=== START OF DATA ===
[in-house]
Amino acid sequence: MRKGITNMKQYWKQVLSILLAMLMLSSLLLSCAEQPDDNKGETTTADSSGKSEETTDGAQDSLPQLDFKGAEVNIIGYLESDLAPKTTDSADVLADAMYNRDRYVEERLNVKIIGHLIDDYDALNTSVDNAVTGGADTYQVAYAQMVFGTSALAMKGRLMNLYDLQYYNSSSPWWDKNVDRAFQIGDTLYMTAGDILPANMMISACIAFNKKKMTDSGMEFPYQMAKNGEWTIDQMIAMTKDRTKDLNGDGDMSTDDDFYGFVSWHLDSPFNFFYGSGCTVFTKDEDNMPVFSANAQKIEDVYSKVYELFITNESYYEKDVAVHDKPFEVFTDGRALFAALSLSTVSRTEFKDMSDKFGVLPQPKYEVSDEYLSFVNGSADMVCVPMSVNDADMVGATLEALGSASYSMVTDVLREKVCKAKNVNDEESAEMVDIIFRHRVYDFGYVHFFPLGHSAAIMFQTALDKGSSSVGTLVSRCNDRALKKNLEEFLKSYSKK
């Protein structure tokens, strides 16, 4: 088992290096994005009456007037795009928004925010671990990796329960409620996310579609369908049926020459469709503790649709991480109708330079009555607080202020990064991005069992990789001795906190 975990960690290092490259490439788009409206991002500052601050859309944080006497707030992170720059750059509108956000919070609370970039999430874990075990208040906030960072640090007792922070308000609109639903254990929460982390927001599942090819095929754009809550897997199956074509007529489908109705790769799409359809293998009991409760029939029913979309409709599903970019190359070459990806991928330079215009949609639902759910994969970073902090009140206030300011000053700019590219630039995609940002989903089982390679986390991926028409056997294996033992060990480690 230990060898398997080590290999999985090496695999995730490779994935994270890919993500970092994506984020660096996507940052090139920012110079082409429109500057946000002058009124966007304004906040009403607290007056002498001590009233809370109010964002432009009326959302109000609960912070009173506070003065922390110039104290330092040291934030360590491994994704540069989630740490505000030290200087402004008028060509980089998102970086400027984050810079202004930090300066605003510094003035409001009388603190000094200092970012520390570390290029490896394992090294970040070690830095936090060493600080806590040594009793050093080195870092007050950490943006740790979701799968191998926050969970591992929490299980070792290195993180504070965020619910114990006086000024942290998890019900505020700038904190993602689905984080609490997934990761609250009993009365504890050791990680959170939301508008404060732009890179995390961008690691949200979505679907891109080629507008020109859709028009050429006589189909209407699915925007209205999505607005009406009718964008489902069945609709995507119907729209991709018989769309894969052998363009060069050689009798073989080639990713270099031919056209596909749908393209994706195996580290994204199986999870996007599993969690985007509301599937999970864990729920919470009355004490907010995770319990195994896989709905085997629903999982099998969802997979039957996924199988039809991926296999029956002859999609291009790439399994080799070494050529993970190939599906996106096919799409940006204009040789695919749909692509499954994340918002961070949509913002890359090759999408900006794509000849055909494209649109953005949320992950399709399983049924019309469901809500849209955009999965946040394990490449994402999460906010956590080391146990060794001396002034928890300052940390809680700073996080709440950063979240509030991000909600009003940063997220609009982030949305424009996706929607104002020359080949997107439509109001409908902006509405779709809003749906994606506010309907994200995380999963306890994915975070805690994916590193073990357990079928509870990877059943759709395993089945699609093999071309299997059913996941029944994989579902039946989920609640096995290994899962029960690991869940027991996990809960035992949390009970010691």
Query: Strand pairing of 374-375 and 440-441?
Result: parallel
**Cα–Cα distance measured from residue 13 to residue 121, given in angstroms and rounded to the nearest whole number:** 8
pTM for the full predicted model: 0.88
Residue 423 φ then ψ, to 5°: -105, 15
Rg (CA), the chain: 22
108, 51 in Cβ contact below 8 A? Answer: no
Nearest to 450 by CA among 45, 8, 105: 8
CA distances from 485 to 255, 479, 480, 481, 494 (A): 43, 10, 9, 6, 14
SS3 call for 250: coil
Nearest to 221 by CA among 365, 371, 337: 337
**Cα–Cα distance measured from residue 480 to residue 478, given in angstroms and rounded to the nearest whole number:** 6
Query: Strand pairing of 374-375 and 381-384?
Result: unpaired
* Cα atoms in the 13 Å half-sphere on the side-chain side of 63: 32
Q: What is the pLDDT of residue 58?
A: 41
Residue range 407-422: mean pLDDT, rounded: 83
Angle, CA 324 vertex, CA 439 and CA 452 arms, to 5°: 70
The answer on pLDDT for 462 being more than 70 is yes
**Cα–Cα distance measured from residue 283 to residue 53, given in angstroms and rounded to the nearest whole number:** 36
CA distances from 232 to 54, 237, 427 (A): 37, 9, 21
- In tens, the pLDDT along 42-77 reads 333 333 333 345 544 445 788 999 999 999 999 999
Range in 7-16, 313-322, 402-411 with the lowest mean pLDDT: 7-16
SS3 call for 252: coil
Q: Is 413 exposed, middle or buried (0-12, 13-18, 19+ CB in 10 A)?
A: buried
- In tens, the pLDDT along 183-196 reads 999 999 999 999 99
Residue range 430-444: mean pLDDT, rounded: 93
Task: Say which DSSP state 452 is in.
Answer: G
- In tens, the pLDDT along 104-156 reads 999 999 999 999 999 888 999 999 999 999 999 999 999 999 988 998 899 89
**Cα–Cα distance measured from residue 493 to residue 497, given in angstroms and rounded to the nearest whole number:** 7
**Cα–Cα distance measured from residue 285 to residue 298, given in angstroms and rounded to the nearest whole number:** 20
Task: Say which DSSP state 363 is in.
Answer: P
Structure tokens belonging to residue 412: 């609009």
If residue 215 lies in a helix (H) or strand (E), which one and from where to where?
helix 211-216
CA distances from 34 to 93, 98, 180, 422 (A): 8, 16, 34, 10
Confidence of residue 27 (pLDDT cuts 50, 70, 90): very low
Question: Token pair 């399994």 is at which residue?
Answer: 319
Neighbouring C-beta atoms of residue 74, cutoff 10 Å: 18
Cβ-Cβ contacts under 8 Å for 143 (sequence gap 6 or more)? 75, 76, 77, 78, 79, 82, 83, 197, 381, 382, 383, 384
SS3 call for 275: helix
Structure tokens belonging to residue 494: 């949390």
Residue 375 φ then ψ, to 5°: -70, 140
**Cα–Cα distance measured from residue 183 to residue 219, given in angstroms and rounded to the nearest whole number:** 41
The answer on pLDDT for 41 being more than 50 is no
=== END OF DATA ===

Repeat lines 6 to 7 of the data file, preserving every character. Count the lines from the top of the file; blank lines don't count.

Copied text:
**Cα–Cα distance measured from residue 13 to residue 121, given in angstroms and rounded to the nearest whole number:** 8
pTM for the full predicted model: 0.88